JnoCraner. stone 2 21
WH wise, plank 36 86
A D Sattsn. njlla .... . »»
Jackson £ Mitchell .' 11 47
8 Nixon, plank 28 77
Jno Webber, plank 4 13
I N Maharg, plank 5o oo
Ellen Nixon, timber 6 4o
A H Starr, timber 12 oo
H Sink 7 15
Price Bro 8 oc
Peter Nicldass 2 25
R A Henderson 12 oo
Treasurers Percentage 49 72
Paid 1 N Maharg succeeding Treas— 12 so
Total expenditures io«7 27
Account of George E Hay, Collector of School
Amount of Duplicate 2075 55
Paid to Treasurer 1867 23
Exonerations 96 34
Rebate 33 32
Percentage 78 66
Total 2075 65
Account of I. J. Maharg, Treasurer of School
fund of Penn twp, for the year ending Jund 3rd
Received of George E Hay 1867 23
Received of W O Patterson 33 03
Borrowed Money 400 oo
State appropriation 1782 79
Total 4033 65
Monbt paid out.
Paid for teaching 212S oo
Tendlkg Institute 76 oo
Borrowed money 600 oo
Interest on money 18 oo
Book* and Supplies 831 82
Coal 146 so
Repairs 67 gi
Building 45 53
To last years Treas 31 57
Insurance 11 43
Secretary's salary 40 oo
Auditing and Publishing 16 oo
Treasurer's Percentage 80 24
Total Expenses 40!f2 12
Total Receipts 4033 65
Balance due Treasurer 58 47
Account of T J Graham Treasurer of Poor
fund for the year ending May 2oth, 1895.
Balance due Twp from last year. 441 oo
Rec'd from W G Patterson, collector . 266 42
Total Receipts 708 02
D B Dodds services as Overseer of Poor 25 60
R W Btewart *i 75
A D Sutton groceries lor Herman Young 35 66
Thomas Robinson Council to Overseers 15 00
J O Martin burying Russell's Child— 10 so
Other articles for poor 7 35
Paid for maintaining Milliard family. 10l 34
H S McClymonds Medical services 122 75
Paid for maintaining Mrs Wm Long 73 00
Por Thomas Henry at St Pauls Orphan's
Home 75 00
Hay for Robert Burns 24 90
For assisting Mrs Swope lo 65
Auditors wages 16 so
Treasurers per o«nt and wages 34 77
Paid to I N Maharg succeeding Treas... 128 35
Total Expenditures 70802
We the Auditors of Pann township believe
the loregolu* report to be a correct statement
of affairs of the Township,
J. M. Douthxtt \
W. E. Baktlky ! Auditors.
Roi't Phillips, )
For fiue Watches i Diamonds and
Optical Ooods of all kinds.
xamined Free
Charge by.
j Grad ua e Opti
cian, at No. 132 S. Main street,
Butler, Pa.
125 S. Main, St.
Theodore Swain,
Chimneys, Grate and Boiler Betting.
Cistern Building and eewer
Work a Specialty
■■■iiKiD OPE.<iiK6 tmmmmm
for aellve lauy or gentleman acquainted with
neighborhood. Compensation from *4O to 1150
moutbly. Work outlined. Only energetic party
ambitious to succeed, need apply- So Cap! t
raqul red . Address with refer*nge. Globe Bib
Fublla tWng Co., rnChntout street, PbUa.. f
'we have achieved tht ;
(distinction of produc- j
ing the finest garments !
:ever made in the coun
jty, and cheaper than
"TO BE ' . , ..
same cas be bought
FIRST elsewhere in the State. I
TikT AS TO THE variety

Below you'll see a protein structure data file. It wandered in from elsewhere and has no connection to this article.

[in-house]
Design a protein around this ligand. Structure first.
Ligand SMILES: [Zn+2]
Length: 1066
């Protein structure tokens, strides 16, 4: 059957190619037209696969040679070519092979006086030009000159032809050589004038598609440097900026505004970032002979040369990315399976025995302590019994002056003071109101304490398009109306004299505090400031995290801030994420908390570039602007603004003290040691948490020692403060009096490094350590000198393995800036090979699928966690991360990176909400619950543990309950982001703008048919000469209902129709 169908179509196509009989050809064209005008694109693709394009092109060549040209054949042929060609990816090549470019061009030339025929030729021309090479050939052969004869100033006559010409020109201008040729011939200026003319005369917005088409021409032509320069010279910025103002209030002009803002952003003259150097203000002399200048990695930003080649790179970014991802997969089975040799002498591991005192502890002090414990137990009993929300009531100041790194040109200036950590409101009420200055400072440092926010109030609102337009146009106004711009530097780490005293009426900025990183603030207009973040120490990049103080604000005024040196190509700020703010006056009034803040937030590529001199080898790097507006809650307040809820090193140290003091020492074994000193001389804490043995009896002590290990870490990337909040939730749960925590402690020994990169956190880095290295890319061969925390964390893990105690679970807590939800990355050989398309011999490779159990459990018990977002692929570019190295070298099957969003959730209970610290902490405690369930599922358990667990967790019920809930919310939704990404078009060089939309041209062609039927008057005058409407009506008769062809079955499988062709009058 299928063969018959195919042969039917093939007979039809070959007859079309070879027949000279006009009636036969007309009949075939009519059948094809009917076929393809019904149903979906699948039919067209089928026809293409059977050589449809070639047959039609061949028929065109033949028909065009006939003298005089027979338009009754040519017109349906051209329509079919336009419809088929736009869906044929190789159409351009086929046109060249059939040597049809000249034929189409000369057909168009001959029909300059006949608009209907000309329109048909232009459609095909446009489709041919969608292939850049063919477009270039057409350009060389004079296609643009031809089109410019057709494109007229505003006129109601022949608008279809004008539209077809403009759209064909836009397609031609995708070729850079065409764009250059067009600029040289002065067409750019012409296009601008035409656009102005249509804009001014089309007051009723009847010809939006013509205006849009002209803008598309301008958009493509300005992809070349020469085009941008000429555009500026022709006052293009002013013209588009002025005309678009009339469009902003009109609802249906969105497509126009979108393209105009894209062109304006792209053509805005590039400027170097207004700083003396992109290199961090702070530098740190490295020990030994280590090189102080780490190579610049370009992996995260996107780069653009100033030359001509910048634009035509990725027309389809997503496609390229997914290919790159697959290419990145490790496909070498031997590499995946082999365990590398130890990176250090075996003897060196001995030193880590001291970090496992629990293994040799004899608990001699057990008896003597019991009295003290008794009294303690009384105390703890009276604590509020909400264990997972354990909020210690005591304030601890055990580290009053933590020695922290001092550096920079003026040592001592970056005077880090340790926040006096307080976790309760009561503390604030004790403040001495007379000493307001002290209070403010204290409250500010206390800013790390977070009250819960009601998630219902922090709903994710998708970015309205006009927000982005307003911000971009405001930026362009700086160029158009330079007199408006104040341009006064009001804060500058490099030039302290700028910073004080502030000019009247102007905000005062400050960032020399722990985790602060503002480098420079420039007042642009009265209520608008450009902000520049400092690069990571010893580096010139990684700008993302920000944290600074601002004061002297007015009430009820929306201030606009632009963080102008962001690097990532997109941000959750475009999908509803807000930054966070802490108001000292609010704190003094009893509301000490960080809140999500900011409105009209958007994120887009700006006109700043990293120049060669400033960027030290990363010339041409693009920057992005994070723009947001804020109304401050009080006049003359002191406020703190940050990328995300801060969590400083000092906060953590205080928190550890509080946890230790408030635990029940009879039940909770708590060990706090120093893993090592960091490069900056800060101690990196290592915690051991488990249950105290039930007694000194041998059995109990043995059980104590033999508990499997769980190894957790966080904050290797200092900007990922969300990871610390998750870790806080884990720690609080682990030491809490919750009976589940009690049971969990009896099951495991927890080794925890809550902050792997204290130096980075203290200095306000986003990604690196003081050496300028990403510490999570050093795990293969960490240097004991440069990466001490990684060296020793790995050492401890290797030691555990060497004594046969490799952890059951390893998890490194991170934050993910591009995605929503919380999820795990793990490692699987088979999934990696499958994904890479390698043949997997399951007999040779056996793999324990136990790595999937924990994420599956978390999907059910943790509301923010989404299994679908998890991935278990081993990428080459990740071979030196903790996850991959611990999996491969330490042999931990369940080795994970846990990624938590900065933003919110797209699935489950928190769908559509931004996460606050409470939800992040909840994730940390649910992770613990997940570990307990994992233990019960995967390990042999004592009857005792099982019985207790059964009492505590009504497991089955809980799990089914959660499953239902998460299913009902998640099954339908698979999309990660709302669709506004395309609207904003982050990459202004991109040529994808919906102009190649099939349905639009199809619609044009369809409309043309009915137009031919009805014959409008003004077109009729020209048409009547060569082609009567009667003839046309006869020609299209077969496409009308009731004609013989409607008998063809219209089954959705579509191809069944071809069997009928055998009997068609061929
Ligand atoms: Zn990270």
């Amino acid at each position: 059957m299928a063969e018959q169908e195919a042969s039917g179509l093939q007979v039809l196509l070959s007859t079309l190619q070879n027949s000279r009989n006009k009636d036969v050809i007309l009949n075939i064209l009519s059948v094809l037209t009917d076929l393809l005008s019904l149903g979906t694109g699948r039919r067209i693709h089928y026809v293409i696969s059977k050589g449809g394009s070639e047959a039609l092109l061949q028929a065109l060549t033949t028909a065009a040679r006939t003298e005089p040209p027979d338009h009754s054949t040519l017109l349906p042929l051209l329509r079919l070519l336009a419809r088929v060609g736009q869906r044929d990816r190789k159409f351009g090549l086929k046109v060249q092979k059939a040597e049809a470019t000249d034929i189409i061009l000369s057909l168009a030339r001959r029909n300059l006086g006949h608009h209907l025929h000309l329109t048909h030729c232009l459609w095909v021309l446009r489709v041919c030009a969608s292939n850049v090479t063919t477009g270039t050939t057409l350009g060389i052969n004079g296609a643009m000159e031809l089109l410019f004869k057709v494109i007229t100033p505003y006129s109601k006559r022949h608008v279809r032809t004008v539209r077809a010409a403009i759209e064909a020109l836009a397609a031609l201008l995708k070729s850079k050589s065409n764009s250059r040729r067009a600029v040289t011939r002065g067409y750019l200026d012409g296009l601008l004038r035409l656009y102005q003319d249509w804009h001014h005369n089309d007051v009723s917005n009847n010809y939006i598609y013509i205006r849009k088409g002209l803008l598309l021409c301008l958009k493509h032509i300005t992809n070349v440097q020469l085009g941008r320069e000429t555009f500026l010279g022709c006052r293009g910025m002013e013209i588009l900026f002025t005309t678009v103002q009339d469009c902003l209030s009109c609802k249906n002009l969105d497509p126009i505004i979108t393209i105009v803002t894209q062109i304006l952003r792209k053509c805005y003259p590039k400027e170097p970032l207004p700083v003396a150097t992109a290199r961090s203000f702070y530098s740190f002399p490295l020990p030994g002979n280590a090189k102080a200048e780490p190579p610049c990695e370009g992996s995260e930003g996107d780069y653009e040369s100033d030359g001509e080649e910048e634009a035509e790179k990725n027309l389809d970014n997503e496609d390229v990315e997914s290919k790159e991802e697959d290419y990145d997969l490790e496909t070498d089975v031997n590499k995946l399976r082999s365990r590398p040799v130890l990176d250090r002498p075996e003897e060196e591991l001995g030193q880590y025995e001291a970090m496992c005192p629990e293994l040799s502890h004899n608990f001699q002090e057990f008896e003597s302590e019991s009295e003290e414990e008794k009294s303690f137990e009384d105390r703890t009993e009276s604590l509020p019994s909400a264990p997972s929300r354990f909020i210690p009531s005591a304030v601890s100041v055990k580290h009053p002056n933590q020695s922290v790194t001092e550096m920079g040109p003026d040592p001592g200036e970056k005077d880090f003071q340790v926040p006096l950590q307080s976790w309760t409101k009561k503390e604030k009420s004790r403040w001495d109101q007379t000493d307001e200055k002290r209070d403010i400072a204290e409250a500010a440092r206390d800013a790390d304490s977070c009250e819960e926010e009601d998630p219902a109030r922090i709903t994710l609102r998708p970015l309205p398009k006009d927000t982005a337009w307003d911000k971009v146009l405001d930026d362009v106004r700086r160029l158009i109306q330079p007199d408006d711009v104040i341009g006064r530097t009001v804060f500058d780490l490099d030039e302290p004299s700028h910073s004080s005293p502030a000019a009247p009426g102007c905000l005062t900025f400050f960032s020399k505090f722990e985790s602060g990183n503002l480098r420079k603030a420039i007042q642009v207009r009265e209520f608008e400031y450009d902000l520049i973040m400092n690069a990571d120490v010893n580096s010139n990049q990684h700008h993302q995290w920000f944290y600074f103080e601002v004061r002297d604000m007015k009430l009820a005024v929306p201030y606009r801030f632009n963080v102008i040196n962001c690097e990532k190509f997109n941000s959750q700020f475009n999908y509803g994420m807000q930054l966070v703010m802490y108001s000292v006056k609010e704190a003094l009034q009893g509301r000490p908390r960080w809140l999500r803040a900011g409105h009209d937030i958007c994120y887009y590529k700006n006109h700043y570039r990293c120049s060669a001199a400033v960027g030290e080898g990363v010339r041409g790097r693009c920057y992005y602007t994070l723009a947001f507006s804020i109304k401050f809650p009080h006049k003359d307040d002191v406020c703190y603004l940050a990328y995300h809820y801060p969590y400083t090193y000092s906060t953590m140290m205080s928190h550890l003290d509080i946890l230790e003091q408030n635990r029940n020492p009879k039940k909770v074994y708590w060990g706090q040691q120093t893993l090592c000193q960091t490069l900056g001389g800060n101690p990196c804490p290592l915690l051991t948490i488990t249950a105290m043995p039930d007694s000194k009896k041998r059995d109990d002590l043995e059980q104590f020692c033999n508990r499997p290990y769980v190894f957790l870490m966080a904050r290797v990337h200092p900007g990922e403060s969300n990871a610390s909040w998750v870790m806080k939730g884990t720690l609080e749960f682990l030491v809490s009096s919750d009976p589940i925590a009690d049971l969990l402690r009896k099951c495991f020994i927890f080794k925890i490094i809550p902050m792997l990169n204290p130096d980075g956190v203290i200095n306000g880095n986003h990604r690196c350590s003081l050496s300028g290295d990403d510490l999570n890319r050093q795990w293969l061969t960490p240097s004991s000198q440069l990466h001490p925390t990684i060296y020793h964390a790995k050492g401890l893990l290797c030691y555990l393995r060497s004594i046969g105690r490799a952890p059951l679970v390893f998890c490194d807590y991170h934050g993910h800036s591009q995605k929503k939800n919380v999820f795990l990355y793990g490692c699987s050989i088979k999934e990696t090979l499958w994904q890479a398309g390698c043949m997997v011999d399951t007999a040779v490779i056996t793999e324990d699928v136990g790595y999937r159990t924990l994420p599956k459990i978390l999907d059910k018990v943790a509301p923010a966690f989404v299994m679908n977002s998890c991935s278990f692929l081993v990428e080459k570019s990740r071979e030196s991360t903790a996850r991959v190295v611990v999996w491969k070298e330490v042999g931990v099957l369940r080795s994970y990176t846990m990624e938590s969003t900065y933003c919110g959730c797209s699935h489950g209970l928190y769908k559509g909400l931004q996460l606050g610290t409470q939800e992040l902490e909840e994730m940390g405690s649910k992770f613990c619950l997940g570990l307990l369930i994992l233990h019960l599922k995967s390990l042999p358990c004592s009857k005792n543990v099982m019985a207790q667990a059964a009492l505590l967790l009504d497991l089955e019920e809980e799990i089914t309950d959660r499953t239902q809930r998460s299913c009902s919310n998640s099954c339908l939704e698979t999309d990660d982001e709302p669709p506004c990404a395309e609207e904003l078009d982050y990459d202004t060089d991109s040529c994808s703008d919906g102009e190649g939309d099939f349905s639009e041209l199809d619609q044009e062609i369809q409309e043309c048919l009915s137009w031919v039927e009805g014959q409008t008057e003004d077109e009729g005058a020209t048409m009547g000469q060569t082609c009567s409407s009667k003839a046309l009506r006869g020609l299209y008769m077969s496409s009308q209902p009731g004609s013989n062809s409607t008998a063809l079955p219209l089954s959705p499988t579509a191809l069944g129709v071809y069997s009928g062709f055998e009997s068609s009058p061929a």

jof our Stock and beau-
AN Y- jty of its Styles we have
THING iur own opinion; bu
we would like yours
ialso—it will add to
A 'the distinction.
Iwe have secured a large
TINC- number of special con-
XION " fined, sing.® suit pat*
terns. They are the
Pl*tO >ery newcs t novelties.
Select early. If you
[don't want a suit now
Iwe will reserve the
pattern for you.
Financial Statement of Clinton
Township Schools.
Whole number of sohools
No. of months taught.... 7
Salaries of teachers ..... S4O
Whole number of scholars—.... 230
Averaee dai'y attendance
Percentage of attendance........
Cost of each pupil ber aionth $1 40
Xo. of mills levied for school
purposes ..................
So. of mills for building
Total amount levied.. $2091 95
State appropriation $ 993 72
Bal. from last year _7B 86
From c011ect0r................. 2550 20
From loans ... ....—.... 1000 00
From Co., treasurer on sale of
unseated lands 1 04
From other sources 15 26
Total receipts 4639 08
Teachers wages 1740 00
For buildings.... 1440 00
For iasurance 34 43
Rent and Repairs...... .... 166 93
For text b00k5.... 281 66
For school supplies..... 271 03
For fuel and contingencies 160 40
For fees of treasurer 92 92
For auditing 6 10
For salary of Scc'y 25 00
For debt and interest 520 84
Total 4739 31
i m't dae treasurer 100 23
Am't borrowed and unpaid 1000 00
Liabilities in excess of resources. 1100 23
I. N. HARVBY £ Auditors.
Jno. Montgomery, Pres.
T. A. Hay, Seo'y.
JUDSON HARMON of Ohio has been ap
pointed by President Cleveland to wucceed
Olney as Attorney General.
Measure for Measure,
Is the rule with us. The measure of your
body is the measure of your clothes, if
purchased from us; for our stock is so
complete that we need only your measurt
to complete an outfit that defies competi
tion in Price, Pit and Quality.
The measure of a Alan is the measure
of a tailor. We tolerate 110 half-way
measures. Only full measure goes with
us. We give what you want at fair prices.